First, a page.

Editorials

Beaufort never stronger at its remarkable milestone

The city of Beaufort has aged well.

That is because of the sacrifice, vision and work of many people -- many generations of people -- and as the city celebrates its 300th anniversary Monday, we all should first give thanks.

It is a testament to perseverance that the second-oldest city in South Carolina remains a jewel on a glorious bend in the Beaufort River.

Its history is tangible in elegant homes where Union soldiers may have etched names, dates and unusual circumstances. It can be felt in the Beaufort Arsenal -- built in 1798, rebuilt in 1852 and now the official visitors center. It can be appreciated in quiet, moss-laden cemeteries, neighborhoods, churches, parks, stores and restaurants.

Amid such beauty, it would be easy to forget the hardships the community has somehow plowed through in three centuries: A brutal war with Native Americans, slavery, disease, hurricanes, fire, British occupation, the internecine violence of the American Revolution, federal occupation in the Civil War, segregation, the boll weevil, the Great Depression, poverty, hunger and isolation.

It puts the current Bay Street parking brouhaha in perspective, doesn't it? It should.

It's no surprise that Beaufort reaches this extraordinary milestone facing challenges. The economy is down, squeezing both the private and public sectors. Yet as the county seat and the hub of the county's history, Beaufort is expected to be a lot of things to a lot of people. Mayor Billy Keyserling often points to a reality a bit chillier than the sun-dappled facades of "Gone With The Wind" mansions: Beaufort has a relatively stagnant population of about 12,000 people, many classified by the U.S. Census Bureau as low- to moderate-income earners, and about half of whom rent the homes in which they live.

But we know from Beaufort's grand history, which overlays neatly all the pivotal moments and issues of America's history, that never have we had it better .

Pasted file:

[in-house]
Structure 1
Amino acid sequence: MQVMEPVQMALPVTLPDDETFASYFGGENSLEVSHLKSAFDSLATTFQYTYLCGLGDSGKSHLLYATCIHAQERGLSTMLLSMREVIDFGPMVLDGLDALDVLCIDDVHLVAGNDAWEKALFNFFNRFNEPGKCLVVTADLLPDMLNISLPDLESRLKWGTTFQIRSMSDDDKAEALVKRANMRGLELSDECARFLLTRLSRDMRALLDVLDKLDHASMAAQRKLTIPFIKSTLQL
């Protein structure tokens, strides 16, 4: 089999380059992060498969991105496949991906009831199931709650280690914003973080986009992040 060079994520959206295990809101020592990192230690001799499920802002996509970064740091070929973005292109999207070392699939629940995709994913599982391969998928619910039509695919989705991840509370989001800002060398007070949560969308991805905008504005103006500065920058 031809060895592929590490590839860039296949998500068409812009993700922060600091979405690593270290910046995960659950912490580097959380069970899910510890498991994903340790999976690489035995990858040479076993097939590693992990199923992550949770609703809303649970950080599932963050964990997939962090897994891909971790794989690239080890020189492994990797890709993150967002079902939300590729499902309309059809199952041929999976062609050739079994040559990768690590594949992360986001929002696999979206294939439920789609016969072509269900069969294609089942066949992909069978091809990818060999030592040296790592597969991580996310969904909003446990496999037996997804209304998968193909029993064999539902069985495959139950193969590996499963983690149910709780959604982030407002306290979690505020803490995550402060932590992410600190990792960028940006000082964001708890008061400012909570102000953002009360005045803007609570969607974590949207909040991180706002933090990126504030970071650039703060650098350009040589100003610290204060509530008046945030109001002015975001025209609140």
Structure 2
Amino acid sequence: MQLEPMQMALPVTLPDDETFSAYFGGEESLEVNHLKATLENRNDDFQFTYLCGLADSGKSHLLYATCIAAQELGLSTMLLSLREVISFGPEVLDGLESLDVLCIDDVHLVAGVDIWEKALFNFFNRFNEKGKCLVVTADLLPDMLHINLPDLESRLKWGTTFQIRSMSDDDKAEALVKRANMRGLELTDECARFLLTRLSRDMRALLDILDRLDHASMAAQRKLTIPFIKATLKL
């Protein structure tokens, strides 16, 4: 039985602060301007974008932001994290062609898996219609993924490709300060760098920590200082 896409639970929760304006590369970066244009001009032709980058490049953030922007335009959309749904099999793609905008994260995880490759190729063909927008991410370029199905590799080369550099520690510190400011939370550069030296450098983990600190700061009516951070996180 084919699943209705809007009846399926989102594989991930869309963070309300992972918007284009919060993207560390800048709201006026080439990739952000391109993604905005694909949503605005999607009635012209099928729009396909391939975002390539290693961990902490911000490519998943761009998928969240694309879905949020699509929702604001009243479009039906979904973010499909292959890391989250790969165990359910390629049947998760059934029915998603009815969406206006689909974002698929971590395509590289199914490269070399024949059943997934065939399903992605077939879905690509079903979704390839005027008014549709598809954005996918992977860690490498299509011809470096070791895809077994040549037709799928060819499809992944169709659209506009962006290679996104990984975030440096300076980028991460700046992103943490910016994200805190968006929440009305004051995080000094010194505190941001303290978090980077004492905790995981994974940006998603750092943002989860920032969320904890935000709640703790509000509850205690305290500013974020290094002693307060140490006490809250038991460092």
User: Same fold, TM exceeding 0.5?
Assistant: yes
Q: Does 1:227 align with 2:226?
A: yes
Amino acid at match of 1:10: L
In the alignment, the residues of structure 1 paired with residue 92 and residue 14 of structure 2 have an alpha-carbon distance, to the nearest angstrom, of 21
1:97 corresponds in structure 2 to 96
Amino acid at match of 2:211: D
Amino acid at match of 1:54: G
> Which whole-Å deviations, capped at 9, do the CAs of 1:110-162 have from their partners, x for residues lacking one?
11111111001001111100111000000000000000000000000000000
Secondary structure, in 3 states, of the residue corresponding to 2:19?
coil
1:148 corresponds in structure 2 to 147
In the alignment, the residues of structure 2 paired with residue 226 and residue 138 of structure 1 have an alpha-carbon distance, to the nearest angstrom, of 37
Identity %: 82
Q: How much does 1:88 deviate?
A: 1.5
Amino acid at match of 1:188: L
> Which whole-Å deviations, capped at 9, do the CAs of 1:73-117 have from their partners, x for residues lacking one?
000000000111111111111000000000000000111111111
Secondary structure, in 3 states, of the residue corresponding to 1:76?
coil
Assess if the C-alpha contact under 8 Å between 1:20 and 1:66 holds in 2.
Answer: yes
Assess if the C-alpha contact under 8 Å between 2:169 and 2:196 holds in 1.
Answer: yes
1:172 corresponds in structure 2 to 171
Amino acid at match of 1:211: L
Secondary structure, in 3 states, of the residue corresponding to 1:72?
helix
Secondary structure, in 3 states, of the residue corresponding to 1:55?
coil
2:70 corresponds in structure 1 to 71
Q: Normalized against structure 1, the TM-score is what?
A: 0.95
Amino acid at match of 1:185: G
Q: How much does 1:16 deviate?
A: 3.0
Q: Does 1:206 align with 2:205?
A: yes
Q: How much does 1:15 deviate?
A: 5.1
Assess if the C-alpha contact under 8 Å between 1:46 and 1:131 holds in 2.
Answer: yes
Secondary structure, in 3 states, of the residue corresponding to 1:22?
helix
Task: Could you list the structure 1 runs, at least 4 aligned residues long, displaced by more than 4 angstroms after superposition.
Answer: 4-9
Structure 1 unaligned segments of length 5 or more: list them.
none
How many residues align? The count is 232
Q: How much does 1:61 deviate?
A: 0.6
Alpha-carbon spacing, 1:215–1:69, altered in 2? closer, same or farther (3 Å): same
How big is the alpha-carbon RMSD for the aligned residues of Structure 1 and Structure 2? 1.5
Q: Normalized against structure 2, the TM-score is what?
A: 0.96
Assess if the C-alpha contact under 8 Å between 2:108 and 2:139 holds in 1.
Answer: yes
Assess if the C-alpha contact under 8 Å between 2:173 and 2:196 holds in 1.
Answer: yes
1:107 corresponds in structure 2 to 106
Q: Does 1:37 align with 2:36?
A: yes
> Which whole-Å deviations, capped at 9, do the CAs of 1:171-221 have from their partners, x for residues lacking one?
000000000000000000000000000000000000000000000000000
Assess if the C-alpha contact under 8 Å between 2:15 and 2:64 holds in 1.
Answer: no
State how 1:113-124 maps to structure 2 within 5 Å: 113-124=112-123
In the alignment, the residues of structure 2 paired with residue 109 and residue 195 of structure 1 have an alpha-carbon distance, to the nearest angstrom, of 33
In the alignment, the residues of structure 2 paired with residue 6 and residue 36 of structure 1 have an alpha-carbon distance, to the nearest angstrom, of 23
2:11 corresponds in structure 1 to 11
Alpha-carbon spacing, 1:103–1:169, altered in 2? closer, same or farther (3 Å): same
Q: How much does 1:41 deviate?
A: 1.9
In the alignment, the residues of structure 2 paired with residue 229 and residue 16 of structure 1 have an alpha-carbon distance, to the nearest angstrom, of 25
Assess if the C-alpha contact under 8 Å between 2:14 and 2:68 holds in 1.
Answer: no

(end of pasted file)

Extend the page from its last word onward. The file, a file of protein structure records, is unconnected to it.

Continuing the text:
More opportunity exists for more people than ever before. Jobs may be more scarce than they were a few years ago, and whole industries may have disappeared or faded over the decades: rice, indigo, cotton, phosphates, truck crops, the railroad, the port, oystering and shrimping.

But never has life in Beaufort and this region been better for its people in terms of health care, public education, water and sewer service, sanitation, roads and bridges, parks and recreation, religious diversity and the arts.

Yes, Beaufort at one time was one of America's wealthiest cities, with the Beaufort College and its library standing like the grand homes and churches as symbols of prosperity. But that was enjoyed by the few, not the many. Education and public services as simple as a lending library were for the elite. Today, Beaufort and this region offer a wealth of opportunities for all. It's not a step down from the days of glory, it is a step up from the abject poverty of the 1930s and the failed ideas of history.

Monday's ceremony from 4:30 to 6 p.m. at Henry C. Chambers Waterfront Park will most appropriately feature the spine-tingling sounds of the Parris Island Marine Corps Band, a reminder of the Marine Corps' irreplaceable economic and historical link with Beaufort.

Like the Marines, Beaufort's new City Hall is a symbol of the sturdiness of a people who have not only survived, but also done it with great relish and flair.

Beaufort is a small city with a symphony orchestra, youth orchestra, university, library with special historical collection, chamber music series, a clear and distinct downtown, a sense of place, a sense of family, a sense of community, an appreciation for historical preservation and a historic welcome to diverse newcomers and visitors. Its heart shows in churches that provide meals in a city park, a free health care clinic, hospice care for the dying, a Boys & Girls Club for youth and its free park on the glistening bend in the Beaufort River, one of the prettiest places on Earth.

Beaufort is in an enviable place. It has survived a lot. It is still beautiful. Its residents know there will be great problems ahead, but they have never been in better position to find solutions. For that, we give thanks to many.

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